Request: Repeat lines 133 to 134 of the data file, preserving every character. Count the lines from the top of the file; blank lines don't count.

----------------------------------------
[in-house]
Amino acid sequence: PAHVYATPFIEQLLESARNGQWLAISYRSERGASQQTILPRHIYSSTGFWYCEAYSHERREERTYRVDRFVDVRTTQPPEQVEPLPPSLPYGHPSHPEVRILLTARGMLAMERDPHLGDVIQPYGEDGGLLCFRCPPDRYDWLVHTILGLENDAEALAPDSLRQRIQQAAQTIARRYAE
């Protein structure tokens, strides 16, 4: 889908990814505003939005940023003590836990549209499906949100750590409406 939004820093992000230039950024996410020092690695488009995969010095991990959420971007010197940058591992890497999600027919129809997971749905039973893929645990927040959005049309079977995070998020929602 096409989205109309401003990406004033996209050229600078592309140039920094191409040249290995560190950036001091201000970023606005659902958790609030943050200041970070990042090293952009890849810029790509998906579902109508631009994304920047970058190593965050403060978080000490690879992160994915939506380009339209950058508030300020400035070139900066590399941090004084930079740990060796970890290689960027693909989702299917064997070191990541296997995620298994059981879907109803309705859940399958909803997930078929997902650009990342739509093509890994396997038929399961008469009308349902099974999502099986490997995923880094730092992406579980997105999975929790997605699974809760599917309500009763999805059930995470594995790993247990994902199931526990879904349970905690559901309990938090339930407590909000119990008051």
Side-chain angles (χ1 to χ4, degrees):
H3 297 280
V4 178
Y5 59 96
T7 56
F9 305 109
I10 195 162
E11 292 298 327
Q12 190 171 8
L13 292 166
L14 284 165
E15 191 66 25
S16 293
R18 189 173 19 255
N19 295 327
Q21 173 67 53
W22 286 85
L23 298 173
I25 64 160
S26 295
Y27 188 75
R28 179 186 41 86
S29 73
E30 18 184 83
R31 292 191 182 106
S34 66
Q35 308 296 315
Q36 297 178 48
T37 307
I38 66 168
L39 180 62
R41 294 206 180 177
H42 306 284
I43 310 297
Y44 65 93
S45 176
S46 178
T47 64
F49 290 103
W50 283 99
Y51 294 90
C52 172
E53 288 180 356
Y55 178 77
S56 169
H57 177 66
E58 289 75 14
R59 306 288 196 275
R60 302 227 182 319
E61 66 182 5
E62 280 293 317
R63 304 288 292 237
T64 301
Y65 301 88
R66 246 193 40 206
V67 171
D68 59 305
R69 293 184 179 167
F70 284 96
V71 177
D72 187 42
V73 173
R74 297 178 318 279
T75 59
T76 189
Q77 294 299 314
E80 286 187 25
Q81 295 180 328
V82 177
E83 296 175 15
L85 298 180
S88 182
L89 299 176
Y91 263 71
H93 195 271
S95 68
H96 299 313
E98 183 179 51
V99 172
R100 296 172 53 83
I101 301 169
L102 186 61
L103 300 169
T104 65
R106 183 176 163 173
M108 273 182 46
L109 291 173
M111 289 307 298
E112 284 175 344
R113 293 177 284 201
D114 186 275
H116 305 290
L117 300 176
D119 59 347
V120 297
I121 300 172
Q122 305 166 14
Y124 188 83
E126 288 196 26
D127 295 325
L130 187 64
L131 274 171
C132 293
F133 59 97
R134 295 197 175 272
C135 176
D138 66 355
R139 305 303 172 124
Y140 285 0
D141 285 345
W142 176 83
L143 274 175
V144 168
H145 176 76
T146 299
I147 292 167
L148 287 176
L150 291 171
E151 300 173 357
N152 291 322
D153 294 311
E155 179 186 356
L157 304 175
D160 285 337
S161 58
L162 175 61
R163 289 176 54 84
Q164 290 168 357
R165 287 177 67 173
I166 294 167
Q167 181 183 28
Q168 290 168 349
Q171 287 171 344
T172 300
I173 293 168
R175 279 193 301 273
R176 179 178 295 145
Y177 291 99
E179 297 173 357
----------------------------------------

I166 294 167
Q167 181 183 28